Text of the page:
Saudi Arabia made a surprise announcement last week that it would cut its crude oil output by a further one million barrels per day (bpd) from planned June levels, “voluntarily.”
This takes the total Saudi production cuts from April to 4.8 million bpd, slashing its production to 7.5 million bpd, down almost 39 per cent from its April output of 12 million bpd.
This is huge.
Taking the cue, the United Arab Emirates and Kuwait joined the Saudis, pledging additional cuts to their June crude oil output by a combined 180,000 bpd.
The voluntary cut is in sharp contrast to the Saudi position taken barely a couple of months ago. On March 6, it announced it was opening its taps to capacity, after Russia declined to cut its output further.
And world oil prices dipped into the negative territory.
What made Saudi Arabia take this sharp U-turn?
Certainly, economics and the desperate need to generate additional cash compelled the Saudis to make some bitter decisions and sharp reversals.
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But there seem to be other reasons as well.
One can’t avoid connecting the dots here. Only the week before the Saudi decision to cut its output further, the United States announced it was pulling out its Patriot missile batteries, which guard Saudi oil facilities.
Associated Press quoted an American official who said disagreement over oil production led to the U.S. decision. The anonymous source also said the U.S. would pull out 300 troops staffing the missile batteries.
The missiles were flown into Saudi Arabia and installed at Prince Sultan airbase, outside Riyadh, in the immediate aftermath of the missile attack on Abqaiq and Khurais – two of the kingdom’s most crucial oil sites.
The Yemeni Houthi rebels claimed credit for the attack, yet both the United States and Saudi Arabia pointed fingers at Iran.
Just before the announcement of the missile removal, U.S. President Donald Trump said his administration was “doing some things” and “making a lot of moves in the Middle East and elsewhere. We’re doing a lot of things all over the world militarily. We’ve been taken advantage of all over the world, our military.”
“Saudi Arabia is a very wealthy country and they’ve agreed to help defray some of the costs, which nobody else would ever ask for,” the president said, adding that “if we’re going to defend countries, they should also respect us by making a contribution.”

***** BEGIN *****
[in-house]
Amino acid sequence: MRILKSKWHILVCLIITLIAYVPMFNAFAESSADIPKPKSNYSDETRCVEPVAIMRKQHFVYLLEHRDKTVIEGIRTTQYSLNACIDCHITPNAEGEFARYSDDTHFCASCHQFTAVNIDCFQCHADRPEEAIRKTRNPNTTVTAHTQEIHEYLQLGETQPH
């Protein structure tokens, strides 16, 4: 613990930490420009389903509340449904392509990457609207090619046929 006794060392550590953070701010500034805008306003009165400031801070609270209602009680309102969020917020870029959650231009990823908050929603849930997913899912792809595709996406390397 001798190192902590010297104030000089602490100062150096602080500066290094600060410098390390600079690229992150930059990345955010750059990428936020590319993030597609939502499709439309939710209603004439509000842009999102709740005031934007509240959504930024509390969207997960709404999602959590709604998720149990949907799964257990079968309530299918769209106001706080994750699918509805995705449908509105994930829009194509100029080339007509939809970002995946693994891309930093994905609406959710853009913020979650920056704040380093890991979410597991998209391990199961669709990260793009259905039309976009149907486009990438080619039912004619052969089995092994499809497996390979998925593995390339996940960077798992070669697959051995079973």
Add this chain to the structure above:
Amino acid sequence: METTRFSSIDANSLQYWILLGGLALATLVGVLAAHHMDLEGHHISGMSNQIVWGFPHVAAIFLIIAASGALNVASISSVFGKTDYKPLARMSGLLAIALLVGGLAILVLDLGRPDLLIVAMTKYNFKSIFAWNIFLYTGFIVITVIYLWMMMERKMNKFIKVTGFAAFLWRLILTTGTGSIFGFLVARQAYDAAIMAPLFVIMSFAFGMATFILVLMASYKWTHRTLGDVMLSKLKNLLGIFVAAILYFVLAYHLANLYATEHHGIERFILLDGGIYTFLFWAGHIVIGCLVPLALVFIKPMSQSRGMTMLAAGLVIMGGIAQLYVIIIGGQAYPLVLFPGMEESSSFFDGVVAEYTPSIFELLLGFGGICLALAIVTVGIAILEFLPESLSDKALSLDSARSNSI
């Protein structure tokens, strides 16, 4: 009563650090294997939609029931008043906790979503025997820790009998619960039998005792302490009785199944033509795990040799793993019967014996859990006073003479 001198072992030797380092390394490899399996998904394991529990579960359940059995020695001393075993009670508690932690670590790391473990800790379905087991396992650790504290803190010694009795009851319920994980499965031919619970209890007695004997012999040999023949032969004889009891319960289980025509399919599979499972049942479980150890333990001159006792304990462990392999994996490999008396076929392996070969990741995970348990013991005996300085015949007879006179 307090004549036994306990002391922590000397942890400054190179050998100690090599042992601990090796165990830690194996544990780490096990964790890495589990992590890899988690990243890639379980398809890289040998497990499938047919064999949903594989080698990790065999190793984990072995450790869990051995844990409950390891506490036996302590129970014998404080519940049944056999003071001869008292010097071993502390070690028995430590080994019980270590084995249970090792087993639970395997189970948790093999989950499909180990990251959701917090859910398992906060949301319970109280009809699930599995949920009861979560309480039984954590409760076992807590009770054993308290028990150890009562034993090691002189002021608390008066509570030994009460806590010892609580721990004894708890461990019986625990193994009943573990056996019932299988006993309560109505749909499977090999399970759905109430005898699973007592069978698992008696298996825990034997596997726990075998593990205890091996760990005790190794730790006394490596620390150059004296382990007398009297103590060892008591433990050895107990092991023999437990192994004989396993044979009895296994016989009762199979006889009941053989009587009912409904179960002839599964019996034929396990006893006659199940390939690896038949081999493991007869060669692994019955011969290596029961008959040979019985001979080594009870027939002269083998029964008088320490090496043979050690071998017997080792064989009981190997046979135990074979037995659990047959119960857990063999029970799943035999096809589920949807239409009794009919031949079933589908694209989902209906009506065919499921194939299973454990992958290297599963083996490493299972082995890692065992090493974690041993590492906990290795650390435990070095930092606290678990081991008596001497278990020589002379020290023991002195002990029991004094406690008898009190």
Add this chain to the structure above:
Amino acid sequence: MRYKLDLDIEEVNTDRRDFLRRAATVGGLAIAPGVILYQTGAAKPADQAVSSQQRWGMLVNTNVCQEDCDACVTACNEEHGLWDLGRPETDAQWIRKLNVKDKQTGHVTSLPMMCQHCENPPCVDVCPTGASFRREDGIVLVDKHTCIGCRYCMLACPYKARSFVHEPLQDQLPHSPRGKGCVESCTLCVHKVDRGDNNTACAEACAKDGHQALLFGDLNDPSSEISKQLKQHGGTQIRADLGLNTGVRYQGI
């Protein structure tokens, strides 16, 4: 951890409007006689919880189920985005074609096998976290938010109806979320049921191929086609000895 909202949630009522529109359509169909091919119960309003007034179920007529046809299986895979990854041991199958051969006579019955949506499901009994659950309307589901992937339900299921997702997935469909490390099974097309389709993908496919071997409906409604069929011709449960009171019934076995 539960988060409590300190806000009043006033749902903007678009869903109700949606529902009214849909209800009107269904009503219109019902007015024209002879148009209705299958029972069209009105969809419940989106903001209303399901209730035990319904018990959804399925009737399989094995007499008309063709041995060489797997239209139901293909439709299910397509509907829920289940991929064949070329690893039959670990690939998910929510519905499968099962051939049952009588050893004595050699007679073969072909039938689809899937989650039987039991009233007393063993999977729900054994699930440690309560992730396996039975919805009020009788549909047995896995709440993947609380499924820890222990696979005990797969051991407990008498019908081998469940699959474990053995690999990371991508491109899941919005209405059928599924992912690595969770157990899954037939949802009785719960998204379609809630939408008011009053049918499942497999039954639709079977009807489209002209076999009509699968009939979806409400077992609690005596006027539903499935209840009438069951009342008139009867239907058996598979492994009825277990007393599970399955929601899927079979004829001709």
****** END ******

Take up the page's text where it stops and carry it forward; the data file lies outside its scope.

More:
There have also been hints that Washington was looking at easing restrictions on Iran, Saudi Arabia’s arch-foe. That too may have spurred the Saudis to lower crude output.
The focus isn’t just on Saudi Arabia. The United Arab Emirates is also under the hammer.
In late April, the world’s anti-money-laundering watchdog, the Financial Action Task Force (FATF) warned in a report that the U.A.E. must take increased measures to counter money laundering or risk inclusion on the FATF watch list. The report gave the U.A.E. a year to plug the loopholes in its financial system.
While Trump is endeavouring, in an election year, to bail out the U.S. shale energy sector and protect its hundreds of thousands of American jobs, pressure grew on the Saudis. Trump can’t afford to lose voter support in the country’s energy belt.
And with the political survival of Saudi Prince Mohammad Bin Salman dependent on support from Washington, the Saudis couldn’t afford to say no to further crude oil production cuts.
So they relented.
Toronto-based Rashid Husain Syed is a respected energy and political analyst. The Middle East is his area of focus. As well as writing for major local and global newspapers, Rashid is also a regular speaker at major international conferences. He has been asked to provide his perspective on global energy issues by both the Department of Energy in Washington and the International Energy Agency in Paris.